What is a Pearl Worth? How to Buy Your Own Pearl
A pearl is a valuable thing. Whether you’re wearing one around your neck or have one on display in a case, they are always considered a luxurious item. If you’ve ever wondered what a pearl is worth, or if you’re interested in buying your own, read on for more information. We’ll discuss everything you need to know about pearls and a pearl worth and how to purchase your own!
The first thing you need to know about pearls is that they come in different shapes and sizes. The most common type of pearl is the round pearl, but you can also find pearls that are oval, baroque, or button-shaped. They can range in size from a few millimeters up to several centimeters in diameter.
The value of a pearl is based on its size, shape, color, luster (how shiny it is), and blemishes (or lack thereof). Generally speaking, the more perfect a pearl is, the more valuable it will be. A strand of perfectly round pearls with no blemishes could sell for tens of thousands of dollars!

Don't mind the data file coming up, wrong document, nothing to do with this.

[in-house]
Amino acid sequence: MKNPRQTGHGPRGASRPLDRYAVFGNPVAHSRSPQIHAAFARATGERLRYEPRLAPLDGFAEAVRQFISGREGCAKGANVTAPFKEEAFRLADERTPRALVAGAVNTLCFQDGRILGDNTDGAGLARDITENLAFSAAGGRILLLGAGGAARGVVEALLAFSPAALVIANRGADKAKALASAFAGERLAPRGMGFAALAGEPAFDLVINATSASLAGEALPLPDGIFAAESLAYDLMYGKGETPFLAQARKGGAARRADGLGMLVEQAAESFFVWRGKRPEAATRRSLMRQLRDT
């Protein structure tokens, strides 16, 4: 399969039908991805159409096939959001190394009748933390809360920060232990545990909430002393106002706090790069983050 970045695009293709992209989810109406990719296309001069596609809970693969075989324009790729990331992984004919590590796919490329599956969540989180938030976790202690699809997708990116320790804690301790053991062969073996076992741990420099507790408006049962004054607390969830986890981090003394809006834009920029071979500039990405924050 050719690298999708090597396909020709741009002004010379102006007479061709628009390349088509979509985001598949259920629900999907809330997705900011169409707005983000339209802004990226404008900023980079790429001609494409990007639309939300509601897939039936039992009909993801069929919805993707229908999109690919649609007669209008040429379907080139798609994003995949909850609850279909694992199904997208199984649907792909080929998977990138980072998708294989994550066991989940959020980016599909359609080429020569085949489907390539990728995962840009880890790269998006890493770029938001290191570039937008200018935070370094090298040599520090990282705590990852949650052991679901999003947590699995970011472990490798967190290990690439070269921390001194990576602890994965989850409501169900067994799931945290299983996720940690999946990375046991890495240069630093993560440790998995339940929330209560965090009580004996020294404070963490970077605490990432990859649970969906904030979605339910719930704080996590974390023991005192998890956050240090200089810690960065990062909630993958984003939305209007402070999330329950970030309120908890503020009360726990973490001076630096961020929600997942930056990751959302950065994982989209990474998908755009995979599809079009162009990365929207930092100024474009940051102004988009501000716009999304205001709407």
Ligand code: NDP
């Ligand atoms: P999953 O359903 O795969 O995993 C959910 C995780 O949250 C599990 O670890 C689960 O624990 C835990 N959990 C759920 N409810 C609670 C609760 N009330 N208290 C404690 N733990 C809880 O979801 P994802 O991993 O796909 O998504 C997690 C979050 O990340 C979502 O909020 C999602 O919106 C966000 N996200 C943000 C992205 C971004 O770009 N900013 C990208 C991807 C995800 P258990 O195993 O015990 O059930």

Of course, not all pearls are created equal. There are many different factors that can affect the price of a pearl. The biggest factor is how rare it is, which usually means larger pearls will cost more than smaller ones. Smaller pearls are also considered less valuable because they don’t have as much luster or surface area to reflect light when worn around your neck.
The next important thing you need to know about pearls before buying them is what type of oyster they came from! Akoya oysters produce small, round white pearls with little-to-no blemishes. Tahitian black lipped oysters create dark colored pearls that range in size and shape depending on their location within the shell (pearls close to where food enters tend towards being spherical). South Sea pearls come from white lipped oysters and tend to have a larger size than other types of pearl-producing oysters; they also come in golden brown colors.
There are many different ways that you can buy your own pearl! You could go on vacation to an island like Tahiti or Fiji, where local divers will collect them for sale by the pound (or kilogram). You might even find some at a jewelry store near home if it sells cultured varieties grown inside mussels instead of wild ones found off shorelines around the world. Or, if all else fails, there’s always eBay – but don’t forget about shipping costs before bidding too high!